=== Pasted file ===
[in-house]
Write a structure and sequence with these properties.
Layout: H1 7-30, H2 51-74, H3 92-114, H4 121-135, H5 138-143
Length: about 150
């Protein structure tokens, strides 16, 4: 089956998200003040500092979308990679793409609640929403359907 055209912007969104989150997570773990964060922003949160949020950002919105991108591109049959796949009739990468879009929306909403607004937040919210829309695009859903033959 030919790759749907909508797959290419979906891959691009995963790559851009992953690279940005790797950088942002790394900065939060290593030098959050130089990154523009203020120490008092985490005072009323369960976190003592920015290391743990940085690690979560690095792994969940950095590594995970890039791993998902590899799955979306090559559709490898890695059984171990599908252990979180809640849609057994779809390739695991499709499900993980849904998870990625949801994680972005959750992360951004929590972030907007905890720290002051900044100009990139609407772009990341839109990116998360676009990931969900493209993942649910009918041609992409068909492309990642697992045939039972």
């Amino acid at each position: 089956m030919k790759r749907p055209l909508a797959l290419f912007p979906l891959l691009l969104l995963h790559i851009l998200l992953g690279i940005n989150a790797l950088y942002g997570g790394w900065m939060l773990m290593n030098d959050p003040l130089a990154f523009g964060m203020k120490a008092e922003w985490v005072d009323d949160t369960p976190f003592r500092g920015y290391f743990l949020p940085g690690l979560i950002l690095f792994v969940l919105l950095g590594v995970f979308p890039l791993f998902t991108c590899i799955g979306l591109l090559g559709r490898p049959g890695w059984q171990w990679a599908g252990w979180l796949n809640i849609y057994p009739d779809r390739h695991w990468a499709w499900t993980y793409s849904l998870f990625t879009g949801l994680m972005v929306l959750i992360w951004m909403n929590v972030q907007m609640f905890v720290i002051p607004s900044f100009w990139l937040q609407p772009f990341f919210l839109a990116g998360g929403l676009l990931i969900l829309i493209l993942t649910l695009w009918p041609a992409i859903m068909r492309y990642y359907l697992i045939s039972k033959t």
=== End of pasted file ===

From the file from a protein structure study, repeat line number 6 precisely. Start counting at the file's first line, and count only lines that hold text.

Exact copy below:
């Amino acid at each position: 089956m030919k790759r749907p055209l909508a797959l290419f912007p979906l891959l691009l969104l995963h790559i851009l998200l992953g690279i940005n989150a790797l950088y942002g997570g790394w900065m939060l773990m290593n030098d959050p003040l130089a990154f523009g964060m203020k120490a008092e922003w985490v005072d009323d949160t369960p976190f003592r500092g920015y290391f743990l949020p940085g690690l979560i950002l690095f792994v969940l919105l950095g590594v995970f979308p890039l791993f998902t991108c590899i799955g979306l591109l090559g559709r490898p049959g890695w059984q171990w990679a599908g252990w979180l796949n809640i849609y057994p009739d779809r390739h695991w990468a499709w499900t993980y793409s849904l998870f990625t879009g949801l994680m972005v929306l959750i992360w951004m909403n929590v972030q907007m609640f905890v720290i002051p607004s900044f100009w990139l937040q609407p772009f990341f919210l839109a990116g998360g929403l676009l990931i969900l829309i493209l993942t649910l695009w009918p041609a992409i859903m068909r492309y990642y359907l697992i045939s039972k033959t």